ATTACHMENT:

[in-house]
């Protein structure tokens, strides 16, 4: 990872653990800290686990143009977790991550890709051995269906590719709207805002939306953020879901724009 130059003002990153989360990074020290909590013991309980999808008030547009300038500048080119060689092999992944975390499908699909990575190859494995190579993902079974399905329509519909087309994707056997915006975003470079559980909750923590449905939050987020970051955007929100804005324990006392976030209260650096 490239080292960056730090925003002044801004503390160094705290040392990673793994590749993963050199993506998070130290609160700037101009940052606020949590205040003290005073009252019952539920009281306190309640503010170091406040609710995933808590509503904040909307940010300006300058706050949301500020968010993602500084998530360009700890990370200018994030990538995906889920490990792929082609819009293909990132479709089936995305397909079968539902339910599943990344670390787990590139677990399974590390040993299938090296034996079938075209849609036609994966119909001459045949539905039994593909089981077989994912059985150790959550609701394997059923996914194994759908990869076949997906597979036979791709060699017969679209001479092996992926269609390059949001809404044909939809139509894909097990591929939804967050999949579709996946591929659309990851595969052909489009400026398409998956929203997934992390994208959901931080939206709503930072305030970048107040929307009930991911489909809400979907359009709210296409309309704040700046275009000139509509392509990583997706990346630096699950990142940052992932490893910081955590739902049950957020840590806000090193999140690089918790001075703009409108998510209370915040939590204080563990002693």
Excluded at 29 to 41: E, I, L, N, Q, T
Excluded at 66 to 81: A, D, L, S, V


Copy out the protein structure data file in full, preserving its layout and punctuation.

[in-house]
């Protein structure tokens, strides 16, 4: 990872653990800290686990143009977790991550890709051995269906590719709207805002939306953020879901724009 130059003002990153989360990074020290909590013991309980999808008030547009300038500048080119060689092999992944975390499908699909990575190859494995190579993902079974399905329509519909087309994707056997915006975003470079559980909750923590449905939050987020970051955007929100804005324990006392976030209260650096 490239080292960056730090925003002044801004503390160094705290040392990673793994590749993963050199993506998070130290609160700037101009940052606020949590205040003290005073009252019952539920009281306190309640503010170091406040609710995933808590509503904040909307940010300006300058706050949301500020968010993602500084998530360009700890990370200018994030990538995906889920490990792929082609819009293909990132479709089936995305397909079968539902339910599943990344670390787990590139677990399974590390040993299938090296034996079938075209849609036609994966119909001459045949539905039994593909089981077989994912059985150790959550609701394997059923996914194994759908990869076949997906597979036979791709060699017969679209001479092996992926269609390059949001809404044909939809139509894909097990591929939804967050999949579709996946591929659309990851595969052909489009400026398409998956929203997934992390994208959901931080939206709503930072305030970048107040929307009930991911489909809400979907359009709210296409309309704040700046275009000139509509392509990583997706990346630096699950990142940052992932490893910081955590739902049950957020840590806000090193999140690089918790001075703009409108998510209370915040939590204080563990002693």
Excluded at 29 to 41: E, I, L, N, Q, T
Excluded at 66 to 81: A, D, L, S, V